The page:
The number of trainee reporters who sat the NCTJ’s National Certificate Examination in March 2009 was the highest in two years.
The chief examiner said in his report: “With the newspaper industry still firmly in the grip of the recession, it was pleasing to see this surge in the numbers taking the exam and gaining the industry-standard qualification. Hopefully, it will stand them in good stead at this difficult time.”
A total of 242 candidates attended the exam day, On March 6, across 18 centres. The senior journalism qualification was awarded to 114 of them who were successful in all four areas: news interview; news report; newspaper practice and logbook.
The 49 per cent pass rate is on a par with the previous sitting last autumn.
The chief examiner said that a downturn in numbers would now be expected owing to recruitment freezes and redundancies.
The pass rate for the news interview exam was 66 per cent – 132 of the 200 who sat the exam. The test centred around a suspected arson attack which destroyed specialist boating equipment used by disabled and terminally ill children.
The aim was, as always, for candidates to conduct a face-to-face interview and elicit enough information to write a vigorous and well-balanced story.
The senior examiner specialising in the news interview said: “The best stories included key angles in the intro and used language that drew a vivid picture in the minds of the readers.
“Those who did not pass should take note of the skills needed by a reporter in a multi-media newsroom. Publishers quite rightly have a focus on changing technology but core journalistic skills must not be forgotten. It does not matter what platform is being used to tell a story, the basics must still be there. Reporters must take more than a superficial interest in a story. In today’s crowded market where there are so many news outlets, it is important to get the best story, the story that will make your publication stand out and be the first that readers will trust.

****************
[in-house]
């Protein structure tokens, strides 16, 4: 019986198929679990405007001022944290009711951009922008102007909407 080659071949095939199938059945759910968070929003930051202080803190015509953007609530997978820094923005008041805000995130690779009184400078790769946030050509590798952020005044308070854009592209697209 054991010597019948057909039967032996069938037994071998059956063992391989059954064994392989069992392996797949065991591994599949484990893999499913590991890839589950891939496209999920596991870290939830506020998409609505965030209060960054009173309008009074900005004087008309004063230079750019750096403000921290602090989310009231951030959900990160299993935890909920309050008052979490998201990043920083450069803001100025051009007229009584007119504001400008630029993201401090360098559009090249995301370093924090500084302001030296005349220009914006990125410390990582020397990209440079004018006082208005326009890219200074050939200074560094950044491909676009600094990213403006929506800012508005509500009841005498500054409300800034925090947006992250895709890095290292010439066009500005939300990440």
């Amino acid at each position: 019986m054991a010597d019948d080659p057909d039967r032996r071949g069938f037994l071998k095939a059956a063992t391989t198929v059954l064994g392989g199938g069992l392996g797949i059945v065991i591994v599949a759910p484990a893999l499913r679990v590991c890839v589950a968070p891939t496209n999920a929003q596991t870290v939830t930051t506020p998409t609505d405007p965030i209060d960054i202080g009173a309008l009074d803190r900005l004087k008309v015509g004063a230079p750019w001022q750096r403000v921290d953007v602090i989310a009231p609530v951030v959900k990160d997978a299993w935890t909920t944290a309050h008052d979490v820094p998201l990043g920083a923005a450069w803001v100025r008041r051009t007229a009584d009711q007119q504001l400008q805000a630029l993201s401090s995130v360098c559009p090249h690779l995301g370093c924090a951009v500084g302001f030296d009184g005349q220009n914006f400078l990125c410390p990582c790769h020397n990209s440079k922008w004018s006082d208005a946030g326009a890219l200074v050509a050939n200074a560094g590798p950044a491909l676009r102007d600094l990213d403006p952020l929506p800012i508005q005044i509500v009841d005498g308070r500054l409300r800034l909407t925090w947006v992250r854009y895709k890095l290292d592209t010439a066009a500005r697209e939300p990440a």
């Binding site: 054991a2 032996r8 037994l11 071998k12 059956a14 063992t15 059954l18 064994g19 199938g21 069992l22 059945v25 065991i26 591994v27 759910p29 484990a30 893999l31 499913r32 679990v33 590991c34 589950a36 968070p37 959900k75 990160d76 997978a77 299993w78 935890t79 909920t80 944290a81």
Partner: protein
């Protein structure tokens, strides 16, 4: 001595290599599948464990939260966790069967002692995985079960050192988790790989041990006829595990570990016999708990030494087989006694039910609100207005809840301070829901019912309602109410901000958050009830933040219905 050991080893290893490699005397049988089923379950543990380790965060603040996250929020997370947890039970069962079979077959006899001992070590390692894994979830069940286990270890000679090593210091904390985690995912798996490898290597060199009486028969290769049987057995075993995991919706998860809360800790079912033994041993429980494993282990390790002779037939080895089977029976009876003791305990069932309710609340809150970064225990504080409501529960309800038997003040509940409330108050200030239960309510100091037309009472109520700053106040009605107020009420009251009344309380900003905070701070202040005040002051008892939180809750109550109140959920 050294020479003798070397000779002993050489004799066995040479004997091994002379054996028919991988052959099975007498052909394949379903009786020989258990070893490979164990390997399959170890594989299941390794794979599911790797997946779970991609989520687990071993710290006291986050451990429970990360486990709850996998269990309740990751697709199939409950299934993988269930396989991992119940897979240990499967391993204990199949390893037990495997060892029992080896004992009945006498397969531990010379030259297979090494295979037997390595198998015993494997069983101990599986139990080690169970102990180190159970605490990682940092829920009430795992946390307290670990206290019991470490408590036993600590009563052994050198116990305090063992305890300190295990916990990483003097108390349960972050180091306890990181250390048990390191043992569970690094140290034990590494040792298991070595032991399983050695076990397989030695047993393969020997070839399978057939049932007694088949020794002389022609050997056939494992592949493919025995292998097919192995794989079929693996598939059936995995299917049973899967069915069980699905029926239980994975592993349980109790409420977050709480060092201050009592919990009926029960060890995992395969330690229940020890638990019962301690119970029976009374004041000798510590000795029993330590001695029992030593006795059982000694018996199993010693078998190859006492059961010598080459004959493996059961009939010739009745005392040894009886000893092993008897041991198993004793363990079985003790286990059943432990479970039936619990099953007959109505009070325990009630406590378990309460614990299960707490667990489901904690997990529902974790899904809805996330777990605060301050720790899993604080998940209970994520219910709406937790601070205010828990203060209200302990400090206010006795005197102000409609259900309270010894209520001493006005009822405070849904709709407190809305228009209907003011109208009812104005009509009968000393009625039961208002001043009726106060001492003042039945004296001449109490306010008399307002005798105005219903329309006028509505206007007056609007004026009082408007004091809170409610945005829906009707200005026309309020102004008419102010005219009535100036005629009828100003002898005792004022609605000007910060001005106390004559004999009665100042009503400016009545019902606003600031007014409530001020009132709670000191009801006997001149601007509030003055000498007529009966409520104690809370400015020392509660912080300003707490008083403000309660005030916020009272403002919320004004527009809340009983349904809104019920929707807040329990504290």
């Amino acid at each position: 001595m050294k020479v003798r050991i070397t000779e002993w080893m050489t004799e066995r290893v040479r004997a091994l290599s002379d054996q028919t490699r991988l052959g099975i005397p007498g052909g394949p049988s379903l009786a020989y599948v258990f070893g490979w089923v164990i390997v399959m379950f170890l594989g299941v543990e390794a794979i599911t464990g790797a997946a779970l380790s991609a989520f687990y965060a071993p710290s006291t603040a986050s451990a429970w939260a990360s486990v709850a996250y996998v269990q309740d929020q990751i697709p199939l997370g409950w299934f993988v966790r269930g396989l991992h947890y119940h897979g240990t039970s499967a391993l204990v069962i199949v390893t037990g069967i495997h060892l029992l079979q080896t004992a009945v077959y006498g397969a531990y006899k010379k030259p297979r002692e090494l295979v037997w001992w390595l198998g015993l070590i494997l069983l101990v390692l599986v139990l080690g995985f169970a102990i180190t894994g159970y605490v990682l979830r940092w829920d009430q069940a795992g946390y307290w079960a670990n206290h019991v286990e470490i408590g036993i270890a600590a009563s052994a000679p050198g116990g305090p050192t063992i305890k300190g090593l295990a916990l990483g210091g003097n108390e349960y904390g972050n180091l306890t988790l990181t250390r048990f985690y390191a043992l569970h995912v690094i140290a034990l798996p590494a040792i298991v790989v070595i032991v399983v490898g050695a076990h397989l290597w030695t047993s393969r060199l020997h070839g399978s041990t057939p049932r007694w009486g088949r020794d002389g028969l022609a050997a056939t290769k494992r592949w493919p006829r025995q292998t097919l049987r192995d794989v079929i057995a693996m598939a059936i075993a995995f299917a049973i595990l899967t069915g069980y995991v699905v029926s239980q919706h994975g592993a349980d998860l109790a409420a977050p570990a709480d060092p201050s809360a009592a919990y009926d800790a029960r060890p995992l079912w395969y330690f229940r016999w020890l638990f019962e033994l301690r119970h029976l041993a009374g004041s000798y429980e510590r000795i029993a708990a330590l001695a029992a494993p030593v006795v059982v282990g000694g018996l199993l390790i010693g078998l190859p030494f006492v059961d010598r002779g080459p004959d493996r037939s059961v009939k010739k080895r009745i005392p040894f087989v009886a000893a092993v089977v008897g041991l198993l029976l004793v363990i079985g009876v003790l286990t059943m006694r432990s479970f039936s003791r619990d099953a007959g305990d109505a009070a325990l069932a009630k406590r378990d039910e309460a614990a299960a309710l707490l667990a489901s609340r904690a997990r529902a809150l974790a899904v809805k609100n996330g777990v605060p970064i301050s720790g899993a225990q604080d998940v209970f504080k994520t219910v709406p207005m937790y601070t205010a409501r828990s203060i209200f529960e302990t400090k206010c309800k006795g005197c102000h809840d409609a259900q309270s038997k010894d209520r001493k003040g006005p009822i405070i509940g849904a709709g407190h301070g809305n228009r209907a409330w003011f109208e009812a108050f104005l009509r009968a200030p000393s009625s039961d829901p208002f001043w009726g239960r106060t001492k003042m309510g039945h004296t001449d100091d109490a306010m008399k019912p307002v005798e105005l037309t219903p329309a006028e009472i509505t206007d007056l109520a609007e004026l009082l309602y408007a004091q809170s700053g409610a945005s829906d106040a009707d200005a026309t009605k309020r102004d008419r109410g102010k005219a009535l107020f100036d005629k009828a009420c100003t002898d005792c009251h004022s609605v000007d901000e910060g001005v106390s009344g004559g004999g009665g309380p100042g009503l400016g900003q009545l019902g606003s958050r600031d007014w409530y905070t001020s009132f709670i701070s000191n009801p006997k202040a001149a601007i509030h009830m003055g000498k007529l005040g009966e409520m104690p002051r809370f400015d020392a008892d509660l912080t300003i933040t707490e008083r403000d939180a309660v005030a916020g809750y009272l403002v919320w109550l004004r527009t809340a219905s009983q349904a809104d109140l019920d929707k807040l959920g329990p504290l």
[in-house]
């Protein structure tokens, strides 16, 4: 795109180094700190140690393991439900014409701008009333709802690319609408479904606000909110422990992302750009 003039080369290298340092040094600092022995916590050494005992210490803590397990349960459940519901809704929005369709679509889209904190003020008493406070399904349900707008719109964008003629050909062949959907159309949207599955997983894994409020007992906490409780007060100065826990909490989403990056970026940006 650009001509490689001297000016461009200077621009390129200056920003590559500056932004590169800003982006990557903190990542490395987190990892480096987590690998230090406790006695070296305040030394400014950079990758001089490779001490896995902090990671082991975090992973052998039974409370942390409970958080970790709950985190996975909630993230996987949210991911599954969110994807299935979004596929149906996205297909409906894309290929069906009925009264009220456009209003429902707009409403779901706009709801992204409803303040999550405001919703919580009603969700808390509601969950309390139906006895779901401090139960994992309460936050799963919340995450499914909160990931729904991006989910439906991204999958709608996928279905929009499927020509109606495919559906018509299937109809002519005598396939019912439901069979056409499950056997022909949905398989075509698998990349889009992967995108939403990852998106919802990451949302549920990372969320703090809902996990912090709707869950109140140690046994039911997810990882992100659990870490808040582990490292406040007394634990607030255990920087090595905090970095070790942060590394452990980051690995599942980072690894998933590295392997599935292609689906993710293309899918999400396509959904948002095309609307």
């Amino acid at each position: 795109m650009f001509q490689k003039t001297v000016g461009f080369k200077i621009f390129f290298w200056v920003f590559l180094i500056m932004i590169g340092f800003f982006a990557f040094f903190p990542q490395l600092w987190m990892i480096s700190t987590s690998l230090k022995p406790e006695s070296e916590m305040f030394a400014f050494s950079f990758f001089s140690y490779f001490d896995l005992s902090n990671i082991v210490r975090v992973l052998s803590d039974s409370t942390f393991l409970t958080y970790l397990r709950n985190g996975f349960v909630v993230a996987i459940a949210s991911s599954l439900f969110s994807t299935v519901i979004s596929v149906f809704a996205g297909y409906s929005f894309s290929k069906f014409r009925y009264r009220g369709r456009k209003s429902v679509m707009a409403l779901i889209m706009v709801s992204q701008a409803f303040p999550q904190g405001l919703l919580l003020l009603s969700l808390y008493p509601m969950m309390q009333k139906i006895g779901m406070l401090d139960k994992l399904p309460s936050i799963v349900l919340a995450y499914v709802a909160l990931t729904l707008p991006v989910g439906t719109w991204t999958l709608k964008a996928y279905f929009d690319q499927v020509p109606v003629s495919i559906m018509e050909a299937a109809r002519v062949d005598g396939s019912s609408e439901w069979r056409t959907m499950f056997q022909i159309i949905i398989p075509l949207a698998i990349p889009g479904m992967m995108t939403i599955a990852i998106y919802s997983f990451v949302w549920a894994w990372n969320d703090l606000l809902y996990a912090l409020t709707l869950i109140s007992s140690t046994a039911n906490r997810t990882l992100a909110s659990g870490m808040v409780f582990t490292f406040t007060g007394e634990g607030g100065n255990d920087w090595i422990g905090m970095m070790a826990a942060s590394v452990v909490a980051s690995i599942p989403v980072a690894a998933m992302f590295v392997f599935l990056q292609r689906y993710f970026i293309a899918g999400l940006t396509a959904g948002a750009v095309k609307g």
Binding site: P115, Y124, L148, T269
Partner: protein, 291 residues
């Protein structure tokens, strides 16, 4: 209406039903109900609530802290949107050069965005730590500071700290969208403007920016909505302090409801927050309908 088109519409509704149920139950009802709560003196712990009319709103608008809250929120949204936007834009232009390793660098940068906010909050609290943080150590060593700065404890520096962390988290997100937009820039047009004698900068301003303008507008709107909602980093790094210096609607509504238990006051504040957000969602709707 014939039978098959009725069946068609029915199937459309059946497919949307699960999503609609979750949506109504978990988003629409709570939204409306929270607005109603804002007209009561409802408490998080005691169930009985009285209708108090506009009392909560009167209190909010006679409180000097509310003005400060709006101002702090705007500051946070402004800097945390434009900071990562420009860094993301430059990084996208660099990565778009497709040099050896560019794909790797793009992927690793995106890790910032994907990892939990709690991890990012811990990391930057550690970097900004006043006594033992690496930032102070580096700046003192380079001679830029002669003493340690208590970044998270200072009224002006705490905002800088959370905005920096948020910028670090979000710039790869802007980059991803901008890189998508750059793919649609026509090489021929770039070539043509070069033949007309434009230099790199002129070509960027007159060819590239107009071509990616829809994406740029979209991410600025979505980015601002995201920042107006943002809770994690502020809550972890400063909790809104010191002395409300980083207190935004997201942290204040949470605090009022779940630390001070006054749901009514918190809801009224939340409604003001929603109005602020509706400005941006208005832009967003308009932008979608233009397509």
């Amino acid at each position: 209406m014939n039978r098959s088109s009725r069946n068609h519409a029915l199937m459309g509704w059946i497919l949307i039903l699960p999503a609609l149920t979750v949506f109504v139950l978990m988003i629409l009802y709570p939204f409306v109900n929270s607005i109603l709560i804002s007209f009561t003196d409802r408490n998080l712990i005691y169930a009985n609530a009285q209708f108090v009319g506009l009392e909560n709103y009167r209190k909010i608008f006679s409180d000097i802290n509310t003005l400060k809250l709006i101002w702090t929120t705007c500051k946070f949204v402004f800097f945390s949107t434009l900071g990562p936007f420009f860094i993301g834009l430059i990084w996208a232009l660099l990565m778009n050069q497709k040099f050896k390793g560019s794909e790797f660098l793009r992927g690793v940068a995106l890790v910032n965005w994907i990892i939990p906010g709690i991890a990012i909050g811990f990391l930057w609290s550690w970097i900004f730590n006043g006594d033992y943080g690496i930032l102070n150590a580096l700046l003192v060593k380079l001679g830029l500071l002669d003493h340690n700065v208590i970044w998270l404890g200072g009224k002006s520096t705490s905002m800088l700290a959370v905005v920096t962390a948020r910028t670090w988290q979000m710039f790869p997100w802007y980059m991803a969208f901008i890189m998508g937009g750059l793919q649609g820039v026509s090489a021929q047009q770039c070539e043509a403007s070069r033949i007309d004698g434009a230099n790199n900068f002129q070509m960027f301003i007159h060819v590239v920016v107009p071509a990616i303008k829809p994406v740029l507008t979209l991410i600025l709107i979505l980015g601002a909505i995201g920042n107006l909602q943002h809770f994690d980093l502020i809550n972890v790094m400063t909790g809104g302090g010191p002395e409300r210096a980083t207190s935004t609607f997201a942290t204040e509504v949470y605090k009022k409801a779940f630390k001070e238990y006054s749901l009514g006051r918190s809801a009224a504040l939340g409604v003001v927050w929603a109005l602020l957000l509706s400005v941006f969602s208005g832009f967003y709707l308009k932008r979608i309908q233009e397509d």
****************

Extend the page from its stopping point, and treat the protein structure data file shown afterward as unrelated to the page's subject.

“The exam is, of course, all about the art of interviewing – a key skill needed by any journalist using any platform.”
In the news report exam, 114 of 214 candidates were successful – a pass rate of 53
Information about an archaeological dig and its findings were given to candidates in a press conference setting.
The senior examiner said about a third of the candidates tackled the story well, painting a clear picture of the results of the archaeological dig and its findings and presenting the information in a professional newsy way for their newspaper’s website.
Markers were, however, disappointed to encounter ‘inexcusable’ mistakes in copying information from the briefing notes – names were changed and there were mistakes in calculating dates.
Tips from the examiner for this paper are:
• Brush up on shorthand speed
• Listen to the content of the speech as well as taking down selective notes,
• Allow time to read the finished story to ensure it makes sense.
• Double-check figures and details.
The pass rate for the newspaper practice exam was 71 per cent – 144 of 203 candidates.
Performances on this paper were generally good, the chief examiner reported.
“Generally, candidates who failed the paper will have done so because of an error which, if repeated in reality, would cost their employer money and/or involve publishing a correction.”
These included a failure to understand what qualified privilege protects and what qualities a report needs to have to enjoy this defence; and a failure to spot the dangers of contempt of court.
The logbook pass rate was 96 per cent – 149 of 155 candidates being successful.
The vast majority of logbooks reached the required standard, and the candidates responsible are to be congratulated.
Those who failed, did so owing to poor presentation. “Presentation was a key area of concern and it is the easiest to get right,” said the senior examiner for logbooks.